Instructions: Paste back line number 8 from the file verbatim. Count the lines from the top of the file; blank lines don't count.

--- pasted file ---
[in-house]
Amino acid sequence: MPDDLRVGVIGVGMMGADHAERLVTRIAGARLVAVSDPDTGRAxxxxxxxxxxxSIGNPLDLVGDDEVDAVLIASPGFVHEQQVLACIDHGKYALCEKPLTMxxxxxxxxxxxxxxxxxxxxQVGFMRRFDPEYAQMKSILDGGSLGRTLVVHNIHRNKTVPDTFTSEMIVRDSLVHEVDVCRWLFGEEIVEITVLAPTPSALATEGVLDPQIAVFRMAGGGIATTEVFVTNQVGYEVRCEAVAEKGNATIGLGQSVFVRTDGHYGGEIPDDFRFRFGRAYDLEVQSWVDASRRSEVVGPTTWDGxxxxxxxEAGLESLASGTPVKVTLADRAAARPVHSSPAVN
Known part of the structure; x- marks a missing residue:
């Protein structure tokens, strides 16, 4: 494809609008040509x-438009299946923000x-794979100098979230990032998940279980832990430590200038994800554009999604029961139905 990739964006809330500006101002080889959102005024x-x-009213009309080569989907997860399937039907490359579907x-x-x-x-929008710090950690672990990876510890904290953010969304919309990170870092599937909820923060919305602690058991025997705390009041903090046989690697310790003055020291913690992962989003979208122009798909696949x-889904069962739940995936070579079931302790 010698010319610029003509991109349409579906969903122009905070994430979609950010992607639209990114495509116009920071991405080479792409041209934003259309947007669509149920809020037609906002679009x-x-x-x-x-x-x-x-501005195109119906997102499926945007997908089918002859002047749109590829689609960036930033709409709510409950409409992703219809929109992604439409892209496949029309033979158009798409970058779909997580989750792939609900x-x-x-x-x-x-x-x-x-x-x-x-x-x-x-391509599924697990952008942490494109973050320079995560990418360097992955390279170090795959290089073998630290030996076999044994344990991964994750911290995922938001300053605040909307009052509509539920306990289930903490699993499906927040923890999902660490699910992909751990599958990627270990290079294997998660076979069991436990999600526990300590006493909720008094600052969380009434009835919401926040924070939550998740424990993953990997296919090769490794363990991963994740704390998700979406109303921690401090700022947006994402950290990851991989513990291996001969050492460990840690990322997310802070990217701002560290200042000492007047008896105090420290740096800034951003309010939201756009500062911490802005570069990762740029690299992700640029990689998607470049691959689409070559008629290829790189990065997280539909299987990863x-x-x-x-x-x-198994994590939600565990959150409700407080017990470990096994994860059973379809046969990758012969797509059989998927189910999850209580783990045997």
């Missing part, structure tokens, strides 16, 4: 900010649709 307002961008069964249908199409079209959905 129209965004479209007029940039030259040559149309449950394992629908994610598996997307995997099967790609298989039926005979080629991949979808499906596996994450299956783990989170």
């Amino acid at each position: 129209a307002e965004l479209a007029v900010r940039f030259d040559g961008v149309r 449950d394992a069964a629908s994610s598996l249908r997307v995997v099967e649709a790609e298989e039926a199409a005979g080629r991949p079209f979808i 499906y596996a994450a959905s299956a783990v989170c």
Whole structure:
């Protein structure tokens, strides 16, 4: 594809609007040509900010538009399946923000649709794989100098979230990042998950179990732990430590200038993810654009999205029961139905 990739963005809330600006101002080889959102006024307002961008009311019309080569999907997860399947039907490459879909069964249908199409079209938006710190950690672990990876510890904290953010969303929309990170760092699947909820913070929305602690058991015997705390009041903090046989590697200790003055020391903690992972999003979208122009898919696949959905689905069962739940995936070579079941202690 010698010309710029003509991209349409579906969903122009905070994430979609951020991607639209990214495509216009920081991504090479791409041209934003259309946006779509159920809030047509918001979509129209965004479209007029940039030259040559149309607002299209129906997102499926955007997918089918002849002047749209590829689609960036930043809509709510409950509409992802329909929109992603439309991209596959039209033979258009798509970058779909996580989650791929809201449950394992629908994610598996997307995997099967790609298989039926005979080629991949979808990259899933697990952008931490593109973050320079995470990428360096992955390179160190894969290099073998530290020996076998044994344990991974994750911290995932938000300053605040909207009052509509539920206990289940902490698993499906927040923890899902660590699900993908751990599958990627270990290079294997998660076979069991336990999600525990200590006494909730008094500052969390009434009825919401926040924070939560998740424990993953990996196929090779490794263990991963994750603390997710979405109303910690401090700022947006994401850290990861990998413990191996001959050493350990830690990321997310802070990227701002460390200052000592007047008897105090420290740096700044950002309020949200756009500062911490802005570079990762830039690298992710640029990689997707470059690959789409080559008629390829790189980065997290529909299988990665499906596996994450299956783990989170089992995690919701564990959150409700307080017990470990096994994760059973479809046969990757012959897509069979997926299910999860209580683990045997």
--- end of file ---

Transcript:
């Protein structure tokens, strides 16, 4: 594809609007040509900010538009399946923000649709794989100098979230990042998950179990732990430590200038993810654009999205029961139905 990739963005809330600006101002080889959102006024307002961008009311019309080569999907997860399947039907490459879909069964249908199409079209938006710190950690672990990876510890904290953010969303929309990170760092699947909820913070929305602690058991015997705390009041903090046989590697200790003055020391903690992972999003979208122009898919696949959905689905069962739940995936070579079941202690 010698010309710029003509991209349409579906969903122009905070994430979609951020991607639209990214495509216009920081991504090479791409041209934003259309946006779509159920809030047509918001979509129209965004479209007029940039030259040559149309607002299209129906997102499926955007997918089918002849002047749209590829689609960036930043809509709510409950509409992802329909929109992603439309991209596959039209033979258009798509970058779909996580989650791929809201449950394992629908994610598996997307995997099967790609298989039926005979080629991949979808990259899933697990952008931490593109973050320079995470990428360096992955390179160190894969290099073998530290020996076998044994344990991974994750911290995932938000300053605040909207009052509509539920206990289940902490698993499906927040923890899902660590699900993908751990599958990627270990290079294997998660076979069991336990999600525990200590006494909730008094500052969390009434009825919401926040924070939560998740424990993953990996196929090779490794263990991963994750603390997710979405109303910690401090700022947006994401850290990861990998413990191996001959050493350990830690990321997310802070990227701002460390200052000592007047008897105090420290740096700044950002309020949200756009500062911490802005570079990762830039690298992710640029990689997707470059690959789409080559008629390829790189980065997290529909299988990665499906596996994450299956783990989170089992995690919701564990959150409700307080017990470990096994994760059973479809046969990757012959897509069979997926299910999860209580683990045997």